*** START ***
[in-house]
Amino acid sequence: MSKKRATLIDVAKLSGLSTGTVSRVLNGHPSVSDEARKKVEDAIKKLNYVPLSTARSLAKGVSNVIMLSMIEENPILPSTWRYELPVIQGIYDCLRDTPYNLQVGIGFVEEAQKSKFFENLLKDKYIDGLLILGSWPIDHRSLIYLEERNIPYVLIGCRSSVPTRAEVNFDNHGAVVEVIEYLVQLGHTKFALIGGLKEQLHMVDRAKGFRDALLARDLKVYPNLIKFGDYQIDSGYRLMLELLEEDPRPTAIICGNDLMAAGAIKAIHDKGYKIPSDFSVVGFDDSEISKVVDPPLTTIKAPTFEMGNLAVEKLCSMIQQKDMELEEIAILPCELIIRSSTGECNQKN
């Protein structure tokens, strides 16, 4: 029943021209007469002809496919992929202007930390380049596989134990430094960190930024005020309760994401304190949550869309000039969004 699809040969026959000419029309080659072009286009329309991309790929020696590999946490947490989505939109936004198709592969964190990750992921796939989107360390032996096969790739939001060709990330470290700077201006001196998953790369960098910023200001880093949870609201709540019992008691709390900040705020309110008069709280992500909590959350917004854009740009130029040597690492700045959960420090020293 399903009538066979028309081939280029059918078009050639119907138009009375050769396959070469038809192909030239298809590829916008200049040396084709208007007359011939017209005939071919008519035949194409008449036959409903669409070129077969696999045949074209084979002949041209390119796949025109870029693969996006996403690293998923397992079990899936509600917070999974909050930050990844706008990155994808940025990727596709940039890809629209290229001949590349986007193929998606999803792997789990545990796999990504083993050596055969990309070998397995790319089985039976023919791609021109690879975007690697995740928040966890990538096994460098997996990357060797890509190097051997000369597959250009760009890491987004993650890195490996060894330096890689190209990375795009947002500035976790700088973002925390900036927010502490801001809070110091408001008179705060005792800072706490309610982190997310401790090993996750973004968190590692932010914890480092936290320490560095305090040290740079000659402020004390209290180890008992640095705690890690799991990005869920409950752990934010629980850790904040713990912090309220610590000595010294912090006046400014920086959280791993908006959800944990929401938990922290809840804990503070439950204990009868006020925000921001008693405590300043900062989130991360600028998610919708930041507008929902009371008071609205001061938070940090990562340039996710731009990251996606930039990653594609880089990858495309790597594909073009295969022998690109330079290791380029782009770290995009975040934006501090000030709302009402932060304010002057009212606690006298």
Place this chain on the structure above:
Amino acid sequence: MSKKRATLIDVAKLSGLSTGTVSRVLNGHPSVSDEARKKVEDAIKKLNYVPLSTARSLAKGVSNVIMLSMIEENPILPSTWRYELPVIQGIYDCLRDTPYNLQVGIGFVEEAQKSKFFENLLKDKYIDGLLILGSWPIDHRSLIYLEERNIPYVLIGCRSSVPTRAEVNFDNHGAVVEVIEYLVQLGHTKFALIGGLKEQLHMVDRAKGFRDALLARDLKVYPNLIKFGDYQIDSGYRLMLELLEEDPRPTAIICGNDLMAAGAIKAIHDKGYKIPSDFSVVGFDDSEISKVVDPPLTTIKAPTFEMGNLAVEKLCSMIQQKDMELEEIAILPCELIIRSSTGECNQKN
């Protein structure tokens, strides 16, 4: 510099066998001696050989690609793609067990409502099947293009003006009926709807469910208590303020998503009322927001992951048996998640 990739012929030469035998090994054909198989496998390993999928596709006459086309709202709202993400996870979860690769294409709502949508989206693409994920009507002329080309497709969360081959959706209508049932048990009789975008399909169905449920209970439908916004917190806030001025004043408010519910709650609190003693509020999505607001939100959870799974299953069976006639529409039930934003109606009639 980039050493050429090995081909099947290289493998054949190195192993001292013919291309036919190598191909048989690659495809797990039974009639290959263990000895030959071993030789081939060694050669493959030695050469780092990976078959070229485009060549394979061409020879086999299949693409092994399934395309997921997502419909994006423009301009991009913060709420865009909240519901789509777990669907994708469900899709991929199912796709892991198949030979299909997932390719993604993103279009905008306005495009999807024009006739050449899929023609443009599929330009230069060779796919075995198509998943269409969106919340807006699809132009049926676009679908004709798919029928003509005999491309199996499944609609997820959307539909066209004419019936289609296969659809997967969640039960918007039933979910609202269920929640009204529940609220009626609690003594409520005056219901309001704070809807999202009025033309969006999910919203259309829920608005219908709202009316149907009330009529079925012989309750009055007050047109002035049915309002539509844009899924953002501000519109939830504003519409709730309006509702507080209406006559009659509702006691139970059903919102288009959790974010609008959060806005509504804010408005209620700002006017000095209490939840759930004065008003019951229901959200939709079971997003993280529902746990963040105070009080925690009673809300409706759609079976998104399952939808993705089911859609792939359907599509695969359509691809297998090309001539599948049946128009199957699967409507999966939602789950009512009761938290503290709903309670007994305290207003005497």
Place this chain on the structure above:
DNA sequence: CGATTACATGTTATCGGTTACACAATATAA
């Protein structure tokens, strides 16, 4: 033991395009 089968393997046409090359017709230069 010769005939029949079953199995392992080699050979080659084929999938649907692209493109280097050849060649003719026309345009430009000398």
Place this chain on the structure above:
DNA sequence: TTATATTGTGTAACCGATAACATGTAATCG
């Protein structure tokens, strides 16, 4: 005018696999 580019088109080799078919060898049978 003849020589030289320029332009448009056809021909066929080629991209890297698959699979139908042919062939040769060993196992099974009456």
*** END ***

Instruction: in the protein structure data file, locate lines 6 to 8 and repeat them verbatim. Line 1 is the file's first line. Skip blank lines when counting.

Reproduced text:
């Protein structure tokens, strides 16, 4: 510099066998001696050989690609793609067990409502099947293009003006009926709807469910208590303020998503009322927001992951048996998640 990739012929030469035998090994054909198989496998390993999928596709006459086309709202709202993400996870979860690769294409709502949508989206693409994920009507002329080309497709969360081959959706209508049932048990009789975008399909169905449920209970439908916004917190806030001025004043408010519910709650609190003693509020999505607001939100959870799974299953069976006639529409039930934003109606009639 980039050493050429090995081909099947290289493998054949190195192993001292013919291309036919190598191909048989690659495809797990039974009639290959263990000895030959071993030789081939060694050669493959030695050469780092990976078959070229485009060549394979061409020879086999299949693409092994399934395309997921997502419909994006423009301009991009913060709420865009909240519901789509777990669907994708469900899709991929199912796709892991198949030979299909997932390719993604993103279009905008306005495009999807024009006739050449899929023609443009599929330009230069060779796919075995198509998943269409969106919340807006699809132009049926676009679908004709798919029928003509005999491309199996499944609609997820959307539909066209004419019936289609296969659809997967969640039960918007039933979910609202269920929640009204529940609220009626609690003594409520005056219901309001704070809807999202009025033309969006999910919203259309829920608005219908709202009316149907009330009529079925012989309750009055007050047109002035049915309002539509844009899924953002501000519109939830504003519409709730309006509702507080209406006559009659509702006691139970059903919102288009959790974010609008959060806005509504804010408005209620700002006017000095209490939840759930004065008003019951229901959200939709079971997003993280529902746990963040105070009080925690009673809300409706759609079976998104399952939808993705089911859609792939359907599509695969359509691809297998090309001539599948049946128009199957699967409507999966939602789950009512009761938290503290709903309670007994305290207003005497």
Place this chain on the structure above:
DNA sequence: CGATTACATGTTATCGGTTACACAATATAA